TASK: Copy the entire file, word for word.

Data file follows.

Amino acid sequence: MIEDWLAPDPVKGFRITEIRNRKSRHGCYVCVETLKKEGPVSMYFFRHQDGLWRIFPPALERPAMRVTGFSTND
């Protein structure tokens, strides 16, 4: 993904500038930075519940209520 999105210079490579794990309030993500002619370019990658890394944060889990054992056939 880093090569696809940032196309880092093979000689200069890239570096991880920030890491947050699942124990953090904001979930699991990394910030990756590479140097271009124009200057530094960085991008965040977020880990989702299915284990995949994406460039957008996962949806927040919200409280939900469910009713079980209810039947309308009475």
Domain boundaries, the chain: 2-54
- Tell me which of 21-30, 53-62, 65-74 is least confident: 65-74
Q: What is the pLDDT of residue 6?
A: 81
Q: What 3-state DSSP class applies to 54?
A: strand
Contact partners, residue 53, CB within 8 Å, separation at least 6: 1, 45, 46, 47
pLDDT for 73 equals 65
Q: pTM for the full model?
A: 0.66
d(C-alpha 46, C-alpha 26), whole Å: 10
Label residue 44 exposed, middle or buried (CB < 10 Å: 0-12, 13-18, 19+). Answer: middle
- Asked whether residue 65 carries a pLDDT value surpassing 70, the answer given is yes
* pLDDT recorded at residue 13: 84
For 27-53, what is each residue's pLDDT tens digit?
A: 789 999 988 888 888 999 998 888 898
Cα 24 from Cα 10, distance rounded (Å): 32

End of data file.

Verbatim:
Amino acid sequence: MIEDWLAPDPVKGFRITEIRNRKSRHGCYVCVETLKKEGPVSMYFFRHQDGLWRIFPPALERPAMRVTGFSTND
């Protein structure tokens, strides 16, 4: 993904500038930075519940209520 999105210079490579794990309030993500002619370019990658890394944060889990054992056939 880093090569696809940032196309880092093979000689200069890239570096991880920030890491947050699942124990953090904001979930699991990394910030990756590479140097271009124009200057530094960085991008965040977020880990989702299915284990995949994406460039957008996962949806927040919200409280939900469910009713079980209810039947309308009475």
Domain boundaries, the chain: 2-54
- Tell me which of 21-30, 53-62, 65-74 is least confident: 65-74
Q: What is the pLDDT of residue 6?
A: 81
Q: What 3-state DSSP class applies to 54?
A: strand
Contact partners, residue 53, CB within 8 Å, separation at least 6: 1, 45, 46, 47
pLDDT for 73 equals 65
Q: pTM for the full model?
A: 0.66
d(C-alpha 46, C-alpha 26), whole Å: 10
Label residue 44 exposed, middle or buried (CB < 10 Å: 0-12, 13-18, 19+). Answer: middle
- Asked whether residue 65 carries a pLDDT value surpassing 70, the answer given is yes
* pLDDT recorded at residue 13: 84
For 27-53, what is each residue's pLDDT tens digit?
A: 789 999 988 888 888 999 998 888 898
Cα 24 from Cα 10, distance rounded (Å): 32